There are numerous pieces of advice on how to make a thicker and creamier Kefir. Most of them really work and do not require additional resources to obtain a really better Kefir brew.
However, in our decades-long experience with Kefir, there is one single hint that appeared to be the easiest and the most reliable way to obtain a thicker, creamier, and tastier Kefir.
FERMENT YOUR MILK KEFIR MAINLY IN THE FRIDGE.
Right! It s as simple as that. Just do both the primary and the secondary fermentation of Kefir mainly in the refrigerator.
Why does fermenting in the fridge result in a thicker and smoother Kefir?
Good question! The reason is that low temperatures lead to slower fermentation and act in favor of bacteria’s development at the yeasts’ expense. As a result, slower fermentation gives Kefir a smoother consistency, and the predominance of bacteria over the yeasts makes Kefir thicker and tastier.
But still, there’s a catch! Don’t be tempted to ferment your Kefir in the refrigerator only, as this may have an adverse effect. Instead, kickstart the fermentation first at room temperatures, before moving the brew to the fridge.
If you put your fresh Kefir brew directly into the fridge, fermentation may not start correctly. Remember that Kefir grains are a SCOBY or, a symbiotic culture of bacteria and yeast. This means that for the normal fermentation to start, both bacteria AND yeasts must have normal conditions to thrive. In other words, since Kefir grains are a mesophilic culture, they need normal room temperatures for their fermentation to initiate correctly.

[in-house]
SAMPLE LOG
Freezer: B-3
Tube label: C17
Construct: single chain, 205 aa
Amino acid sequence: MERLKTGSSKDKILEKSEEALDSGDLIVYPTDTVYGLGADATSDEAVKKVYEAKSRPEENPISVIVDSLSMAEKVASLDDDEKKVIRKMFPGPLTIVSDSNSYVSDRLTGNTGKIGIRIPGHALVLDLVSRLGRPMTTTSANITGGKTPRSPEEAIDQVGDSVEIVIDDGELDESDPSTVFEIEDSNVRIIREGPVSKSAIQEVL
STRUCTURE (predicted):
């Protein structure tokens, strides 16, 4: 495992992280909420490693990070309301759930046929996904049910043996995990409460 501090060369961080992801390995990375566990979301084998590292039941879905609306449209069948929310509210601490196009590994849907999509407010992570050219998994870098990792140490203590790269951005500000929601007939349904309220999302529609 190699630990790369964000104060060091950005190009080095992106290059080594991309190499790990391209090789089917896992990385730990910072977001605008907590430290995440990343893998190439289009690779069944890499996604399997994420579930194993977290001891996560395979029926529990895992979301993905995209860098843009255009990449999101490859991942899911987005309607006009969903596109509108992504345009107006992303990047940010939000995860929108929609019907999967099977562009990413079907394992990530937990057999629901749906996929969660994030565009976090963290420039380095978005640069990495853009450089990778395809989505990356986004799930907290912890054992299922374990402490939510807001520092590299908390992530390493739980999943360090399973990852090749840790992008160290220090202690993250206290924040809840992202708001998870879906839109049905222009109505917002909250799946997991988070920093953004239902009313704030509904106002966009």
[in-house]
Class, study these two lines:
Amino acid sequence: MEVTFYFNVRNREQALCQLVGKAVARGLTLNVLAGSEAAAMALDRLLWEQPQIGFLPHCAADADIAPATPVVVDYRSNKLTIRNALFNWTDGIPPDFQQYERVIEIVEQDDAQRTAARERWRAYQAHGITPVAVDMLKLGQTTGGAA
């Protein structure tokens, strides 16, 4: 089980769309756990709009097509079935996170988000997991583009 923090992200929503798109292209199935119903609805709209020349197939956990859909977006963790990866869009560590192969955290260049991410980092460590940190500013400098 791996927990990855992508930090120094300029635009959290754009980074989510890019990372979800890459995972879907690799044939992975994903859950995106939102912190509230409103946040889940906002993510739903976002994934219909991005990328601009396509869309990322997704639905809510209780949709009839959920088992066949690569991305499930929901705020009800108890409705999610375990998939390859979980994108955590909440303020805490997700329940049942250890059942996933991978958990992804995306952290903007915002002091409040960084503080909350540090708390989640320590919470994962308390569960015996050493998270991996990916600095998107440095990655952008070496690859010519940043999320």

How to best ferment milk Kefir?
So, in order to kickstart your Kefir’s fermentation, and then slow it down to get a thicker and tastier Kefir, follow these steps:
- First, let your fresh Kefir brew start fermenting for a couple of hours on the countertop, at room temperatures. In winter, this should normally take longer than in summer. More precisely, the initial fermentation kickstart could take about six to ten hours in winters, while on hot summer days this may only take about three to five hours. A good sign that the fermentation has already started is once Kefir stops behaving like fresh milk and starts thickening. By all means, do not allow Kefir to show any signs of separation. If that’s the case, you’ve gone too far.
- After the fermentation has started, move your Kefir brew to the fridge without removing the grains. This will be precisely the moment when the low temperatures in the fridge will start playing their important role. From this moment on you may start tasting your Kefir while periodically stirring it. Remember that periodically stirring your fermenting Kefir will not only make it smoother but will also improve its quality, since by stirring it you will allow more fresh milk to be in direct contact with the Kefir grains.
- Once your Kefir reaches the desired density and taste, you may sieve out the Kefir grains as you usually do, and return the brew to the fridge for the secondary fermentation. From this moment on you may start consuming your Kefir and enjoy its different tastes as time goes by. Sure, it all depends on each one’s individual taste, but in my opinion, Kefir gets best on the second day of its secondary fermentation. Still some “Kefir extremists” may find it best on the third or even fourth day, when Kefir gets really strong, quite sour, tangy, and slightly carbonated.
I sincerely hope this will help you make a thicker, smoother, and tastier Kefir. Happy fermenting!